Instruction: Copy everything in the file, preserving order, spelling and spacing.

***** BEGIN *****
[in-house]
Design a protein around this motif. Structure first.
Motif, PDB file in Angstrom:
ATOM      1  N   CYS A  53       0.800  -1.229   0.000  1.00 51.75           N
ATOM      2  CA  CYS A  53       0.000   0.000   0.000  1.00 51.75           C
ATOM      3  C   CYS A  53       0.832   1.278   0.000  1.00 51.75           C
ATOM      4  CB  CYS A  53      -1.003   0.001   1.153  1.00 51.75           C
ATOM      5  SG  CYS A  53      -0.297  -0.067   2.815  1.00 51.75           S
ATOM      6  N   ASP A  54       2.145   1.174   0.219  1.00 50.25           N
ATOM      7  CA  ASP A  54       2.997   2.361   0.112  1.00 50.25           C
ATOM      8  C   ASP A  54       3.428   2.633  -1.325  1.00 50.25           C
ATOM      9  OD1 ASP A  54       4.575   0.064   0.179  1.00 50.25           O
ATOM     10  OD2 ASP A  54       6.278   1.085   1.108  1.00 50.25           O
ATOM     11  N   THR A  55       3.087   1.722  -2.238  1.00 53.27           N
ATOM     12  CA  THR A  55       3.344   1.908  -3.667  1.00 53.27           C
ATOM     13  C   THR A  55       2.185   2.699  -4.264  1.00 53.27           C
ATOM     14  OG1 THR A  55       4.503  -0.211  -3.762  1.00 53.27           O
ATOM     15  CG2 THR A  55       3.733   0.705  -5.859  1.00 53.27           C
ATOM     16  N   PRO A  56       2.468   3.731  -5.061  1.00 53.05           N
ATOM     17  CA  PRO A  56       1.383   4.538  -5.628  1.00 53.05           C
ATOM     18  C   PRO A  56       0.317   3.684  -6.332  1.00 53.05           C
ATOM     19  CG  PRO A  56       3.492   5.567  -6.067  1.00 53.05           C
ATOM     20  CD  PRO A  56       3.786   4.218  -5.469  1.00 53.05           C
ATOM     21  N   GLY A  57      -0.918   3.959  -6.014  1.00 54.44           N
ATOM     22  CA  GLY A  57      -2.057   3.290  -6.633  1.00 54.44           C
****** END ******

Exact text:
[in-house]
Design a protein around this motif. Structure first.
Motif, PDB file in Angstrom:
ATOM      1  N   CYS A  53       0.800  -1.229   0.000  1.00 51.75           N
ATOM      2  CA  CYS A  53       0.000   0.000   0.000  1.00 51.75           C
ATOM      3  C   CYS A  53       0.832   1.278   0.000  1.00 51.75           C
ATOM      4  CB  CYS A  53      -1.003   0.001   1.153  1.00 51.75           C
ATOM      5  SG  CYS A  53      -0.297  -0.067   2.815  1.00 51.75           S
ATOM      6  N   ASP A  54       2.145   1.174   0.219  1.00 50.25           N
ATOM      7  CA  ASP A  54       2.997   2.361   0.112  1.00 50.25           C
ATOM      8  C   ASP A  54       3.428   2.633  -1.325  1.00 50.25           C
ATOM      9  OD1 ASP A  54       4.575   0.064   0.179  1.00 50.25           O
ATOM     10  OD2 ASP A  54       6.278   1.085   1.108  1.00 50.25           O
ATOM     11  N   THR A  55       3.087   1.722  -2.238  1.00 53.27           N
ATOM     12  CA  THR A  55       3.344   1.908  -3.667  1.00 53.27           C
ATOM     13  C   THR A  55       2.185   2.699  -4.264  1.00 53.27           C
ATOM     14  OG1 THR A  55       4.503  -0.211  -3.762  1.00 53.27           O
ATOM     15  CG2 THR A  55       3.733   0.705  -5.859  1.00 53.27           C
ATOM     16  N   PRO A  56       2.468   3.731  -5.061  1.00 53.05           N
ATOM     17  CA  PRO A  56       1.383   4.538  -5.628  1.00 53.05           C
ATOM     18  C   PRO A  56       0.317   3.684  -6.332  1.00 53.05           C
ATOM     19  CG  PRO A  56       3.492   5.567  -6.067  1.00 53.05           C
ATOM     20  CD  PRO A  56       3.786   4.218  -5.469  1.00 53.05           C
ATOM     21  N   GLY A  57      -0.918   3.959  -6.014  1.00 54.44           N
ATOM     22  CA  GLY A  57      -2.057   3.290  -6.633  1.00 54.44           C